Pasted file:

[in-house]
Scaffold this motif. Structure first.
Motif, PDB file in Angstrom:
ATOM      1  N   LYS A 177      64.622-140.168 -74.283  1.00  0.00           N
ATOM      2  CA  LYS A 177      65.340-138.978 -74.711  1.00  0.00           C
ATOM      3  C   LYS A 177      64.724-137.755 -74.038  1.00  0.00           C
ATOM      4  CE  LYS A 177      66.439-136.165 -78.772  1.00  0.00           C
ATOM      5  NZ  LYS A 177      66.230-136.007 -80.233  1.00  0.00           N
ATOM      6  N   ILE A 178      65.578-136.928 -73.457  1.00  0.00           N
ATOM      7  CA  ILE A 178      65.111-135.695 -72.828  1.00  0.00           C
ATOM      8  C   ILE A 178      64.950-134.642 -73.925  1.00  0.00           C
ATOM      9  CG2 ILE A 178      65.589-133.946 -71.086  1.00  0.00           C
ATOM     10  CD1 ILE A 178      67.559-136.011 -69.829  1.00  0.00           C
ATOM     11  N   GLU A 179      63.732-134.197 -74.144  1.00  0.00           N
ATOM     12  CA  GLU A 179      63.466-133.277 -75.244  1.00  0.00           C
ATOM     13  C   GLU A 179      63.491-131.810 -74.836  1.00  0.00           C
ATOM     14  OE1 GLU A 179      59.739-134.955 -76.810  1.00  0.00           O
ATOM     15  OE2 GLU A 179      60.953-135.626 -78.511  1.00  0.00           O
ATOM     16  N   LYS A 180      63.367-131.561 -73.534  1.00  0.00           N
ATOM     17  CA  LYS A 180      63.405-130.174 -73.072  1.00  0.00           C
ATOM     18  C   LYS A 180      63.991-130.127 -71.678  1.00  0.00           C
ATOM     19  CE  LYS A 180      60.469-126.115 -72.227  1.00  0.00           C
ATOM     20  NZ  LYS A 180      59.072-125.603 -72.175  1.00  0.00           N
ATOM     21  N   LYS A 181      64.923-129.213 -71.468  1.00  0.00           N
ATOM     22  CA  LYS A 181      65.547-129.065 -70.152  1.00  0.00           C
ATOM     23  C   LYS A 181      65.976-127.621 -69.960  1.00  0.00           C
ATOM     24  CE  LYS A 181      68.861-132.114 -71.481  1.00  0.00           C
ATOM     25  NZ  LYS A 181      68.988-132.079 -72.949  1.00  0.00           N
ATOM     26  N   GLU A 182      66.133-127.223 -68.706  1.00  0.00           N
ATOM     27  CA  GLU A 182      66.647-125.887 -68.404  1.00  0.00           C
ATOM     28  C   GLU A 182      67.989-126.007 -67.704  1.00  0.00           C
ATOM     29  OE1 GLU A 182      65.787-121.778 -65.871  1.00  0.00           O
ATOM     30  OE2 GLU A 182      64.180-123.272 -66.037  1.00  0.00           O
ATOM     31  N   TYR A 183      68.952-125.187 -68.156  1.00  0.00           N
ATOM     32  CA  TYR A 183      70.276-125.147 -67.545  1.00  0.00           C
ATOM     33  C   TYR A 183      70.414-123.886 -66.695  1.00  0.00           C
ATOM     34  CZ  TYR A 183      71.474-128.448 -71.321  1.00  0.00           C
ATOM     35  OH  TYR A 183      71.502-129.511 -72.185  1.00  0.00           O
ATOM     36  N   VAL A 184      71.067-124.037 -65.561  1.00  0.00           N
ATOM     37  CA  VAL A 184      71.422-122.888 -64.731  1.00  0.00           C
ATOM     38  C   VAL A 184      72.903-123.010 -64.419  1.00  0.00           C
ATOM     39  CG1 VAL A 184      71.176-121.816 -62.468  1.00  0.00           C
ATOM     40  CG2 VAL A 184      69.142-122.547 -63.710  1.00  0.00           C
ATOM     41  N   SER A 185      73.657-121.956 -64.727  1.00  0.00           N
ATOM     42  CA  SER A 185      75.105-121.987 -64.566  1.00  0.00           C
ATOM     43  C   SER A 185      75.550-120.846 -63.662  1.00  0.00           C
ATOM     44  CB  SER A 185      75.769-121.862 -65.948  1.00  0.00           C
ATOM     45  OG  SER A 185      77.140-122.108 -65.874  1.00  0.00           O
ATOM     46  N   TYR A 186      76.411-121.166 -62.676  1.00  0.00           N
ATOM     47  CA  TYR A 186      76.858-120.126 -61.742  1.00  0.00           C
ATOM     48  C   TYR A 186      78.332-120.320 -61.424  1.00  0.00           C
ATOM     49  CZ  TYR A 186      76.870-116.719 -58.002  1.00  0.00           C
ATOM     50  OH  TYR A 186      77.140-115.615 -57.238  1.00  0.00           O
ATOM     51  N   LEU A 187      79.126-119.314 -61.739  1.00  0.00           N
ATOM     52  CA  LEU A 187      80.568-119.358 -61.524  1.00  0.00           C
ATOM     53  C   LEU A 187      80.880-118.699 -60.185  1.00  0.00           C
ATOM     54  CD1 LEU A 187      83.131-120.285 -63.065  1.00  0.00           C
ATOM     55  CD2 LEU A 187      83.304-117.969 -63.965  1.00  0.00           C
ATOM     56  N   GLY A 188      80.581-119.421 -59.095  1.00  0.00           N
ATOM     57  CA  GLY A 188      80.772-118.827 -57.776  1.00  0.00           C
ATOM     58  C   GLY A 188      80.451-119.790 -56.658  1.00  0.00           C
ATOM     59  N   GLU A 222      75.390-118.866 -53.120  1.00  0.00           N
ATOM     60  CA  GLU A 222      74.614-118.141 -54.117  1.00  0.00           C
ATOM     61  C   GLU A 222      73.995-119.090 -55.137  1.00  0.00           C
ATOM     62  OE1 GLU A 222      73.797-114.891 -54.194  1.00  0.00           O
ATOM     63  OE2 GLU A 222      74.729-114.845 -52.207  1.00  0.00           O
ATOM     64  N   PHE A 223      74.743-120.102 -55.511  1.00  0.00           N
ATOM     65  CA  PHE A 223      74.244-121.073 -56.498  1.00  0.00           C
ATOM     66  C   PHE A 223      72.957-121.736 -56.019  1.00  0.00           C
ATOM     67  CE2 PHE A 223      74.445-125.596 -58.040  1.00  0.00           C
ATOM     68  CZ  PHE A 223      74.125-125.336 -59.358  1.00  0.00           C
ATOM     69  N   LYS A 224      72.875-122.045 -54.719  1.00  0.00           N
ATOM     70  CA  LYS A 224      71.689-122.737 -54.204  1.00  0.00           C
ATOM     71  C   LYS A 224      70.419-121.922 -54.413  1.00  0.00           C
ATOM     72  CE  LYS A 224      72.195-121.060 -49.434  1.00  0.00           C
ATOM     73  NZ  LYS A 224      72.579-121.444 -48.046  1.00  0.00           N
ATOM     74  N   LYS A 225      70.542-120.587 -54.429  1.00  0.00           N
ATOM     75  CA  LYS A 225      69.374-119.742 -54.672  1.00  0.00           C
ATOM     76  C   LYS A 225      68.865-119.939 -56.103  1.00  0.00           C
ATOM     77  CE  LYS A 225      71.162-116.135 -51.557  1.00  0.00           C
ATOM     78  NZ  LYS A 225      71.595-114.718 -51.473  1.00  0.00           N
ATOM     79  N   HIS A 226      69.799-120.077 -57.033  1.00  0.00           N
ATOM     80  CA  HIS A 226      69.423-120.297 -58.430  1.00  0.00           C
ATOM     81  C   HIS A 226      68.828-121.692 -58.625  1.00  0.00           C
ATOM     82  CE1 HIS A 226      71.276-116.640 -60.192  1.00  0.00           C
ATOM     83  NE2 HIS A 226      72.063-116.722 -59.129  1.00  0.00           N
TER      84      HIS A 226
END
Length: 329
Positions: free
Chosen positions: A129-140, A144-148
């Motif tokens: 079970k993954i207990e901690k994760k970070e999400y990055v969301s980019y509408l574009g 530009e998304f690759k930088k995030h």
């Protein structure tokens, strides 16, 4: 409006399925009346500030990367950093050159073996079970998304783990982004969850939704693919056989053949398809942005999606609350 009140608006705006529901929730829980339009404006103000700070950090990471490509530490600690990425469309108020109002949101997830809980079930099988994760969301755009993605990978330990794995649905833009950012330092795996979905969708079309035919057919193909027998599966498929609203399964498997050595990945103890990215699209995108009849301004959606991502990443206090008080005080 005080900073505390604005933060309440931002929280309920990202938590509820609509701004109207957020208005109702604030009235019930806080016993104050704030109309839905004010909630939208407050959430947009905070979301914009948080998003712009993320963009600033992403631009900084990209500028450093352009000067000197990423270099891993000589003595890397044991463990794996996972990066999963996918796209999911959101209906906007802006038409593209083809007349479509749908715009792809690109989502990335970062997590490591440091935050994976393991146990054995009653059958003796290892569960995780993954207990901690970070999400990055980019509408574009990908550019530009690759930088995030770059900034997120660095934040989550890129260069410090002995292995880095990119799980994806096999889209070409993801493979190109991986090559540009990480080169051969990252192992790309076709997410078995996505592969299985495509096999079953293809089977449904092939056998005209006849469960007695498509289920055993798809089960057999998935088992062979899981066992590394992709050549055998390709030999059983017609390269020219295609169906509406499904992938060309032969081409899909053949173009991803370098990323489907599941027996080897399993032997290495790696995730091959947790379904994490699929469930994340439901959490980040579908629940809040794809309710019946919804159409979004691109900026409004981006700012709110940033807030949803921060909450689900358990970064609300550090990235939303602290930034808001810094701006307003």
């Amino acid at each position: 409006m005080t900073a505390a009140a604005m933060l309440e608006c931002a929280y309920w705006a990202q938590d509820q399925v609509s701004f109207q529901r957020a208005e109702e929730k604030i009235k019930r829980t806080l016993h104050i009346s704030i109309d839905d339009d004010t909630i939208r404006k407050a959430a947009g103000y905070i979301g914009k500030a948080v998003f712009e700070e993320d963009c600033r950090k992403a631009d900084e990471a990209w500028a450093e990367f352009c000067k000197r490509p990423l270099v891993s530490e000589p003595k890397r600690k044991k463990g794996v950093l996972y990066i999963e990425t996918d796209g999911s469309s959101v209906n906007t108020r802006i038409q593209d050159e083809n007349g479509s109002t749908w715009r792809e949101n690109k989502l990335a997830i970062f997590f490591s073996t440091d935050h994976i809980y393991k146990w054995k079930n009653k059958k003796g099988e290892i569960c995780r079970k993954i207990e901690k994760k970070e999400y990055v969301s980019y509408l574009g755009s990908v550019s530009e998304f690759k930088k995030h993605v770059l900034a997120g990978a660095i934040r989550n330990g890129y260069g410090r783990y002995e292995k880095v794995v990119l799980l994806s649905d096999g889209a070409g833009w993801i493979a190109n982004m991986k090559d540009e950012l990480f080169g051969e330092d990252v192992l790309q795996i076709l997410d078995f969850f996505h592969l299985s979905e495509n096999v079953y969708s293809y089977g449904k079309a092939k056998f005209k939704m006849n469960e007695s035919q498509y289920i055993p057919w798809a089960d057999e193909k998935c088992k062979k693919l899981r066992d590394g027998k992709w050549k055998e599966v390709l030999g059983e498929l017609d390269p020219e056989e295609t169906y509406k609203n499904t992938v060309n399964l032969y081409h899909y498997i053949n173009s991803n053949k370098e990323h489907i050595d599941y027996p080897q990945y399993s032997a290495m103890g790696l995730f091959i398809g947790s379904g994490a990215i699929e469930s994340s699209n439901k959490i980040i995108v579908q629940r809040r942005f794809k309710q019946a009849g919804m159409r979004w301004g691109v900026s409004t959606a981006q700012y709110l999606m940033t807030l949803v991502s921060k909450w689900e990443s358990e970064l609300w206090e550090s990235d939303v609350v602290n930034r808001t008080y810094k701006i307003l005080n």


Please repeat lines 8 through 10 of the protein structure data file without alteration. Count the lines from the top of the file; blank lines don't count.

ATOM      5  NZ  LYS A 177      66.230-136.007 -80.233  1.00  0.00           N
ATOM      6  N   ILE A 178      65.578-136.928 -73.457  1.00  0.00           N
ATOM      7  CA  ILE A 178      65.111-135.695 -72.828  1.00  0.00           C